Ted W. Gastier
The eggplant is probably a native of India and has been cultivated for a long time. It is a member of the nightshade family, making it a close relative of the tomato, pepper and potato. When compared to its relatives, the eggplant is of limited importance. Its use in appealing dishes make this vegetable highly desired by those familiar with it.
The eggplant is a very tender plant that requires a long, warm season for successful production. The plants are killed by light frost and are injured by long periods of chilly, frostless weather. Plants should not be set out until all danger of frost has passed.
Lime and fertilizer applications are best based on a soil test. Soil sample bags, forms and instructions are available from your county Extension office. In general, two pounds each of actual nitrogen, phosphorus (P2O5), and potash (K2O) per 1,000 square feet of garden space is adequate. An additional application of one pound of actual nitrogen per 1,000 sq. ft. after the fruit has set may be helpful to maintain plant development. Apply lime only if indicated by soil test results; pH should be maintained between 6.0 and 6.8.
The use of plastic mulch can increase the yield of eggplant by helping to warm the soil, by conserving moisture, and by controlling weeds. Plants may be planted in staggered double rows on each strip of plastic. Place the plastic on 5 foot centers and allow 18 inches between plants in each of the staggered rows. Because of the need for a long, warm growing season, it is best to use transplants. These may be purchased or started in peat pots or pellets 8 to 10 weeks before the anticipated planting time.
Extension Bulletin 736, Vegetables for Ohio Gardens recommends the following cultivated varieties, or "cultivars:"
Insect and mite pests of eggplant include flea beetles, Colorado potato beetle, aphids, and spider mites. Potato flea beetles eat small holes in leaves and can be particularly serious on small plants. Colorado potato beetle adults and larvae feed on eggplant leaves and can completely defoliate small plants if not controlled. Some Bacillus thuringiensis (B.t.) insecticides will control small larvae and are very safe to use. Hand removal of larger larvae and adults is also useful.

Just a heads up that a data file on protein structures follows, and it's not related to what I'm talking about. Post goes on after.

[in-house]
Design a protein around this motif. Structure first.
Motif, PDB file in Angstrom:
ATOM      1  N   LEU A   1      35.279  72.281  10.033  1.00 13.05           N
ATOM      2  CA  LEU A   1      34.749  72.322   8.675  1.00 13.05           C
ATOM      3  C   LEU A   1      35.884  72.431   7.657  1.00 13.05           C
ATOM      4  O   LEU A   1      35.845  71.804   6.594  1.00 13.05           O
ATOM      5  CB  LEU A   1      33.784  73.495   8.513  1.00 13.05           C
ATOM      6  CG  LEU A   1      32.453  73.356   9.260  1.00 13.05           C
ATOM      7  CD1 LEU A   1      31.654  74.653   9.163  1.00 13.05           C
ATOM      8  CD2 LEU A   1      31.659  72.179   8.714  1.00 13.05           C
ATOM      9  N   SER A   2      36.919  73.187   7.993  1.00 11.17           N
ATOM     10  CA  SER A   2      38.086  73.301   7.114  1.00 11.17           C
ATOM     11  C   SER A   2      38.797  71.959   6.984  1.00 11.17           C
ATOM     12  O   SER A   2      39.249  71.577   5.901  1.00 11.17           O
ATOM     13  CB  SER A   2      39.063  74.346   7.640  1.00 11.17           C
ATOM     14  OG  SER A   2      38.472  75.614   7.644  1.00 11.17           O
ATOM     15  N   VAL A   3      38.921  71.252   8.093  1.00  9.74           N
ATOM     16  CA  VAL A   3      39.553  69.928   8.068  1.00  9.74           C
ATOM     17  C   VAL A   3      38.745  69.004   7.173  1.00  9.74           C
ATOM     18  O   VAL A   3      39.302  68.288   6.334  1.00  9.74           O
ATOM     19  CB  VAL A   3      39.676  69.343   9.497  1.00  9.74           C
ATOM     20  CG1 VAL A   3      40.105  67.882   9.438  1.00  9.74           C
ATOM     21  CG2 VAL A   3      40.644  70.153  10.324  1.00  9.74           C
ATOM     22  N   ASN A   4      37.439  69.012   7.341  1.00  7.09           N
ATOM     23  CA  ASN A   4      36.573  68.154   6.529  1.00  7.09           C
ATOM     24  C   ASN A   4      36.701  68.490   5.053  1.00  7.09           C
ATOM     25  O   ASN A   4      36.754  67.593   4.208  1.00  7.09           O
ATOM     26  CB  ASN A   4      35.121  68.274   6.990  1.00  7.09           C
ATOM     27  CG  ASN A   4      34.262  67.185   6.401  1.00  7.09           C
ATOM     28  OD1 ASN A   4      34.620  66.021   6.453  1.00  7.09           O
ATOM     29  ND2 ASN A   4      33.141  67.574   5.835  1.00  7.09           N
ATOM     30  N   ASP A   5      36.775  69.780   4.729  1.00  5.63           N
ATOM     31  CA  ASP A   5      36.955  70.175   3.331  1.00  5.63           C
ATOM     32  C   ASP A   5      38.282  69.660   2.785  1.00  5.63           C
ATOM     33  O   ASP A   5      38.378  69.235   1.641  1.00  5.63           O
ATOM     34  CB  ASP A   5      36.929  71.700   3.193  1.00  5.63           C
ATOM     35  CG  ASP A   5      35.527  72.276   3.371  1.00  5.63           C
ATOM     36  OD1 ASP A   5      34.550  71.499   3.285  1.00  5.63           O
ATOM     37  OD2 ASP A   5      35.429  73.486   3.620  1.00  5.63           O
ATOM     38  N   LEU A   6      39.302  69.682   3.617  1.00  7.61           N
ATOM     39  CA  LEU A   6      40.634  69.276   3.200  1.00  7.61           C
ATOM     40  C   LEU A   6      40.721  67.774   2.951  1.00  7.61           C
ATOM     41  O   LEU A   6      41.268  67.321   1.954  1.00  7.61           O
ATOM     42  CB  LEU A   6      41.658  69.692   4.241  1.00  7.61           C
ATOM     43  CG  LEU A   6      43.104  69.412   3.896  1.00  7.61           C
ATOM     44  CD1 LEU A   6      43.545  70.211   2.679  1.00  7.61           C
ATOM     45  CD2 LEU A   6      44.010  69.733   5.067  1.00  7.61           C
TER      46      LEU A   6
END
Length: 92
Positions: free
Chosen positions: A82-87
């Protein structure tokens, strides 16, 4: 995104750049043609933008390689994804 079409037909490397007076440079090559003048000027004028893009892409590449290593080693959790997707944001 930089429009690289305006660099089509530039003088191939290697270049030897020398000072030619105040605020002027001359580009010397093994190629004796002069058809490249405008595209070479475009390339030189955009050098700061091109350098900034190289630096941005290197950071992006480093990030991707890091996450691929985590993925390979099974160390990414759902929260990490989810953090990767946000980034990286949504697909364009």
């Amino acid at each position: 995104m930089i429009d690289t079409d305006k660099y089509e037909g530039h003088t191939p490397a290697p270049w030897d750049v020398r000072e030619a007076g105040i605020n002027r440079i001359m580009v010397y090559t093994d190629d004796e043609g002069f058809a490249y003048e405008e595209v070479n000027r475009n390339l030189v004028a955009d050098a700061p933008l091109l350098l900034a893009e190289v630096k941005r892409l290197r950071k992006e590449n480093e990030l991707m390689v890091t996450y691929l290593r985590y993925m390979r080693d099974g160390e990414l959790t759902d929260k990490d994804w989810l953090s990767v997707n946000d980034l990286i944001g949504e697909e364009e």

Four-year rotations with non-related crops and using plants grown from disease-free seeds will help control some eggplant diseases. A particularly damaging disease in eggplant is Verticillium wilt. It causes stunting in plants and interveinal yellowing, wilting, and dying of leaves. Avoid tomatoes, potatoes, peppers, okra, raspberries, or strawberries in rotation with eggplant. Contact your county Extension office for current control recommendations for insects, mites, and diseases.
The fruits of the eggplant are edible from the time they are one-third grown until ripe. They remain in an edible condition for several weeks after they become colored and fully grown. Skin should be shiny; seeds inside should not be brown or hard. Harvest will continue over an extended period if the fruit are removed when they are well-colored and of adequate size.
The fruits are usually cut from the plants since the stems are hard and woody. The large calyx (cap) and a short piece of stem are left on the fruit. Plants of most cultivars have sharp spines, so care is necessary when harvesting to prevent injury.
The author gratefully acknowledges James D. Utzinger, William M. Brooks, and E.C. Wittmeyer on whose original fact sheet this is based. This fact sheet was reviewed by Eugene Wittmeyer, professor emeritus, The Ohio State University, Department of Horticulture, and Marianne Riofrio, Extension Associate, The Ohio State University, Department of Horticulture.
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Keith L. Smith, Associate Vice President for Ag. Adm. and Director, OSU Extension.
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